Review: CBBC’s The Worst Witch, Manchester Town Hall
As a list of magical ingredients, it’s hard to beat. Manchester Town Hall on a Sunday afternoon in the run-up to Christmas with the festive German Market in full swing outside, playing host to several hundred excited children who have come to take part in a range of bespoke themed activities, all culminating in a gala preview screening of the first episode of a new CBBC adaptation of a modern classic.
The Worst Witch first appeared in 1974 as a book by author and illustrator Jill Murphy. It centres on Cackle’s Academy for Witches and, in particular, the adventures of new pupil Mildred Hubble. As the title suggests, Mildred is a bit hopeless, but her heart is always in the right place. Light, funny and engaging, the original book is now established as one of Puffin‘s perennial bestsellers and, over the decades, Murphy has penned a few additional volumes of the series.
Unsurprisingly given its success, this isn’t the first time that The Worst Witch has been adapted for television. There was a glitzy 1986 TV movie version starring Tim Curry and Diana Rigg. It also spawned an ITV series which featured a young Felicity Jones. It says a lot for the books’ continued staying power that yet another version is about to arrive – though, as we’ll see, there may be certain reasons for this.
Inside Manchester Town Hall, which is decked up for the occasion with props from the new show, young visitors are faced with a lavish assortment of magic-themed craft activities across different rooms. They create pretend potions, learn spells and decorate goblets. There’s also the chance to try the Worst Witch online game which is about to be unleashed on the CBBC website. It’s all tremendous fun, and each activity has been given an appropriate name. ‘Flying Lessons’ is a photo booth where youngsters can pose against a backdrop with a broom and a pointy hat. ‘School Dinners’ turns out to be a free buffet with witchcraft-themed finger food, up to and including pumpkin pasties and gravestone cakes.
Thoroughly entertained and fully fed, the guests are ushered into the Great Hall for the screening itself. This first episode of the new series is extremely appealing and sets out its stall nicely. It doesn’t deviate too much from Murphy’s original book, but it doesn’t follow the same plot and makes a few key tweaks. Here, Mildred appears to be part of a single-parent family living on a housing estate, but that’s not laboured too much. The setting contrasts starkly with the old-world sprawl of Miss Cackle’s school, scenes for which were filmed on location at Peckforton Castle and Ashley Hall in Cheshire. There are moments of slapstick fun and some exciting set pieces complete with decent special effects.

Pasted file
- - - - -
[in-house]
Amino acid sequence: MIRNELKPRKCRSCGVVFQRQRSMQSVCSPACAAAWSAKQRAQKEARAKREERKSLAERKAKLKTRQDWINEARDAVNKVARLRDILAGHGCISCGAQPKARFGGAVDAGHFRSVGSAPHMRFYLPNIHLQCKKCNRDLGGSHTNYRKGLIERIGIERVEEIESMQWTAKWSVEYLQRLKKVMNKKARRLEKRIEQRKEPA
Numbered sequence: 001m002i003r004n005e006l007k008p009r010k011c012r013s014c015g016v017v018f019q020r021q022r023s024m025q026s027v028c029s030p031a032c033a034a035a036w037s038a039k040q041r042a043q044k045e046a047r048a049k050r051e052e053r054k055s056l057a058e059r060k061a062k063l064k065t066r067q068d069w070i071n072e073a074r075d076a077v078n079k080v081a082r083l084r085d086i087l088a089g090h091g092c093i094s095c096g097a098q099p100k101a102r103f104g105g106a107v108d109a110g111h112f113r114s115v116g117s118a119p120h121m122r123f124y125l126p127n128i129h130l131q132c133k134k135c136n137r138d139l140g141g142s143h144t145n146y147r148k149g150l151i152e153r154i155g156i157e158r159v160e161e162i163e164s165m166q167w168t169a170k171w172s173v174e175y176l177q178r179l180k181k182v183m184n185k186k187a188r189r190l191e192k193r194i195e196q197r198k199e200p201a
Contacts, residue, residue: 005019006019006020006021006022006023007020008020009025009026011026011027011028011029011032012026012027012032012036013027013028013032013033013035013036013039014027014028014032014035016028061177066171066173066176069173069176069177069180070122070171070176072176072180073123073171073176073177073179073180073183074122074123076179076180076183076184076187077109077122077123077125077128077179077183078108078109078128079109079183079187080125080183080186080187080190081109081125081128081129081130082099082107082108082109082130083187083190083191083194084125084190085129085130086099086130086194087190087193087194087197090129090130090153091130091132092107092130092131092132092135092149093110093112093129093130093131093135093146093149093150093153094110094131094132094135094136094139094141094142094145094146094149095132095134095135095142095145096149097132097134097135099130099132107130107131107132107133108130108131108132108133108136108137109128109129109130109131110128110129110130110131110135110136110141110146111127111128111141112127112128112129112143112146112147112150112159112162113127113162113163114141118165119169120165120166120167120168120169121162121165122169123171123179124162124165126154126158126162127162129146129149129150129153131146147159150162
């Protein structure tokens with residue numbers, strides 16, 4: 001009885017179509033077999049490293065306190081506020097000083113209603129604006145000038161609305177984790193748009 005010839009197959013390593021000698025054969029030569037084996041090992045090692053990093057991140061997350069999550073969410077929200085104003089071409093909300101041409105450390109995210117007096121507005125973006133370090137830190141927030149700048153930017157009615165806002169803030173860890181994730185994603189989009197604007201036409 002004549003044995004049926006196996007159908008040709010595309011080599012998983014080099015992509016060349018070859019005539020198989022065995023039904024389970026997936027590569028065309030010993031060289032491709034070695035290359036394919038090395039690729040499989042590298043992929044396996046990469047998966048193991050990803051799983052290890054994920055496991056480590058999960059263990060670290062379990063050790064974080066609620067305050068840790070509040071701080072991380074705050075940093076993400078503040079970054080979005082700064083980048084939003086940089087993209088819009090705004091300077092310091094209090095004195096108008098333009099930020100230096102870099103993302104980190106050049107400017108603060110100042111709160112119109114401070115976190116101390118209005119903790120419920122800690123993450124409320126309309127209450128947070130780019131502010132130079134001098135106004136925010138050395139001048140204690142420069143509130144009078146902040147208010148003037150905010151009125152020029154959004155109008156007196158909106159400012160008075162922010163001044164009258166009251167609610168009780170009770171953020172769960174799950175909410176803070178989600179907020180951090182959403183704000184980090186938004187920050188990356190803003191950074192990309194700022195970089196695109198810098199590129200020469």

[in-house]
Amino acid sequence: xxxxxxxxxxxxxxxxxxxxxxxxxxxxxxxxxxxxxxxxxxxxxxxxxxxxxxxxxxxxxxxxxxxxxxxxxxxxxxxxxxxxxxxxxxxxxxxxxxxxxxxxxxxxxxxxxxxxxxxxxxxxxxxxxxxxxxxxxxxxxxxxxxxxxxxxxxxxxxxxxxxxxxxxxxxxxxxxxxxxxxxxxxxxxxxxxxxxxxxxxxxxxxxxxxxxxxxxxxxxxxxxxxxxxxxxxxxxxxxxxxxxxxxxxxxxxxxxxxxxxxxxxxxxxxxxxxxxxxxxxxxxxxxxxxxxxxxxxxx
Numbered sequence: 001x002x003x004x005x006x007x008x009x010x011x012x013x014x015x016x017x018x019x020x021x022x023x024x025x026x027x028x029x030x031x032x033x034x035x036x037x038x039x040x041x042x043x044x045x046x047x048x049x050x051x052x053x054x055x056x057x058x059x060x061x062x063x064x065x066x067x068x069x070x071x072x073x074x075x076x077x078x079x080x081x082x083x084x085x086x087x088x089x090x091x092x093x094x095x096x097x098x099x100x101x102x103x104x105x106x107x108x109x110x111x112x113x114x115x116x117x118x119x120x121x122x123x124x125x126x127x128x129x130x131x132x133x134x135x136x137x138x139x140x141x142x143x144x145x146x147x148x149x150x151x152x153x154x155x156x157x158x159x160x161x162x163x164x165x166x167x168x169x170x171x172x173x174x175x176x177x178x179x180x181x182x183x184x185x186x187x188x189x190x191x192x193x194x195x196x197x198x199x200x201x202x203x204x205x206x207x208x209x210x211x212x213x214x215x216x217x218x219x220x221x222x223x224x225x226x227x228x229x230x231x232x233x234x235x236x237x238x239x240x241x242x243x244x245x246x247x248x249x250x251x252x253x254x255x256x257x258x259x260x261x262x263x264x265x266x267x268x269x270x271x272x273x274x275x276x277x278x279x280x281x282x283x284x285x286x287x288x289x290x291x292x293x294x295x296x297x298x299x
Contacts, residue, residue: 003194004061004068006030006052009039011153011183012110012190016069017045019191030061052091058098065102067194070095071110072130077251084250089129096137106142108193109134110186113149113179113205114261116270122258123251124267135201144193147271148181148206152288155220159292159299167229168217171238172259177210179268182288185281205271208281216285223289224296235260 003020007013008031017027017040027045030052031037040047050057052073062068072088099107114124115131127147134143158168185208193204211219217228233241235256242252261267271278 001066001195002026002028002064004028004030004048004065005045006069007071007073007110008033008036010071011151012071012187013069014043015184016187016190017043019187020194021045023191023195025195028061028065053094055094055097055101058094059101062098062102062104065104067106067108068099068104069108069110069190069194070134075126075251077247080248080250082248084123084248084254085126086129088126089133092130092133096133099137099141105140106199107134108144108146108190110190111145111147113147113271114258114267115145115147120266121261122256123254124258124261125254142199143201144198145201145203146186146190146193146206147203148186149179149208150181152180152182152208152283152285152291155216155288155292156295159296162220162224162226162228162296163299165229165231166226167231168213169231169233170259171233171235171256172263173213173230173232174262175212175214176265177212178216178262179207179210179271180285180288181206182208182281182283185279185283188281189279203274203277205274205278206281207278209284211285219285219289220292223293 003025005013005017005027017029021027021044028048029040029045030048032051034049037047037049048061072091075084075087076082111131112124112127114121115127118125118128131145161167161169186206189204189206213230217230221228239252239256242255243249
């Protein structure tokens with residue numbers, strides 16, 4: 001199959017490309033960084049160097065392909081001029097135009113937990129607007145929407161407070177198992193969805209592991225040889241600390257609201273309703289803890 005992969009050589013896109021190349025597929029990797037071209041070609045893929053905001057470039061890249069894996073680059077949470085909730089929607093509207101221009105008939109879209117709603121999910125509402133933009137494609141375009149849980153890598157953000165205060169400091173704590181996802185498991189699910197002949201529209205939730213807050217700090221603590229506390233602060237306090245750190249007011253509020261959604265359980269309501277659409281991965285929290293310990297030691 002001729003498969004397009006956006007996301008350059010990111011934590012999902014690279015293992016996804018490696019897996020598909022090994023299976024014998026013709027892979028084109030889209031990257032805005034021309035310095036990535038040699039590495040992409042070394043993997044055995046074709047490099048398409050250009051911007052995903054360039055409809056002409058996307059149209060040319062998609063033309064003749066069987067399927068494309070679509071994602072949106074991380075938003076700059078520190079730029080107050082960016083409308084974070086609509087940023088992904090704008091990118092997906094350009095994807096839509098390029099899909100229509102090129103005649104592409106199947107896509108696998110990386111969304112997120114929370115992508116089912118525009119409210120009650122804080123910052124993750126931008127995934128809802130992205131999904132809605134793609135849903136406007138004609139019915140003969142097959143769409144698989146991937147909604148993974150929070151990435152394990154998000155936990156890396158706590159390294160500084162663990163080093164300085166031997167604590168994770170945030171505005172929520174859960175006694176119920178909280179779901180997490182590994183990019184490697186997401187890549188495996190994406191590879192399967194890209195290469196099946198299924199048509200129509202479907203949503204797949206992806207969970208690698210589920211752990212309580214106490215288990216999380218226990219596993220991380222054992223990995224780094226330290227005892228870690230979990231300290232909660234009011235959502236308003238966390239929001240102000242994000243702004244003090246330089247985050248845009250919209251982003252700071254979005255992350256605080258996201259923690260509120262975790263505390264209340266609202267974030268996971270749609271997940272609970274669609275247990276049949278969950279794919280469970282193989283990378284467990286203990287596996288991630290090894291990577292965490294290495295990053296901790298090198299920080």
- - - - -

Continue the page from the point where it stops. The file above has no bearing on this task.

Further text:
The series is a co-production between the BBC and ZDF in Germany, and will be available to stream via Netflix. Clearly a fair bit of money has been spent on the show, and it does look fairly lavish when compared to the majority of today’s (sadly cash-strapped) children’s TV programmes.
In the lead role, Bella Ramsey manages to make Mildred fallible and hugely likeable, without any of the usual excesses of child acting. As a whole it’s a very able cast, including Wendy Craig as a dotty chanting teacher and Nicola Stephenson as Mildred’s astonished mother. As Miss Cackle and Miss Hardbroom, Clare Higgins and Raquel Cassidy make for a solid nice headmaster/nasty deputy double act, though it’s not hard to detect shades of a certain other popular book series.
You see, there’s an elephant in the room here and, if you can imagine such a thing, it’s an elephant with the face of Daniel Radcliffe.
Doubtless one of the main reasons for The Worst Witch‘s latest reincarnation is the ongoing success of the Harry Potter books. The programme makers would be quite within their rights to point to the beloved status of Murphy’s creation, and also – whisper it – that she beat JK Rowling to it. But the fact remains that Hogwarts is now the most well-known fictional wizarding school of the day. Anything that echoes it can draw on a ready-made audience but also risks coming off a poor second, never mind who got there first.
At times the parallels are exceedingly strong indeed. With its age-old secret magic schools, wand duels, embryonic young friendships and disastrous potions classes, on one level this is Harry Potter with rooms full of kittens instead of a mounting body count. There’s plenty of skill and potential on show but, as the series goes on, it would do well to it make a special effort to try and forge its own distinct identity.
After the screening, there’s a jolly, enthusiastic Q&A with the cast and crew at which every child present wants to ask how the spells were done. All in all, the afternoon launches The Worst Witch in style. It’s notable this is a children’s show without a single male character, and happily Northern Soul‘s 7-year-old boy companion couldn’t give a jot. He’s as keen as mustard to see where Mildred’s adventures go. Miss Cackle and co, don’t let him down.
By Andy Murray
The first episode of The Worst Witch is broadcast on CBBC on January 11, 2017
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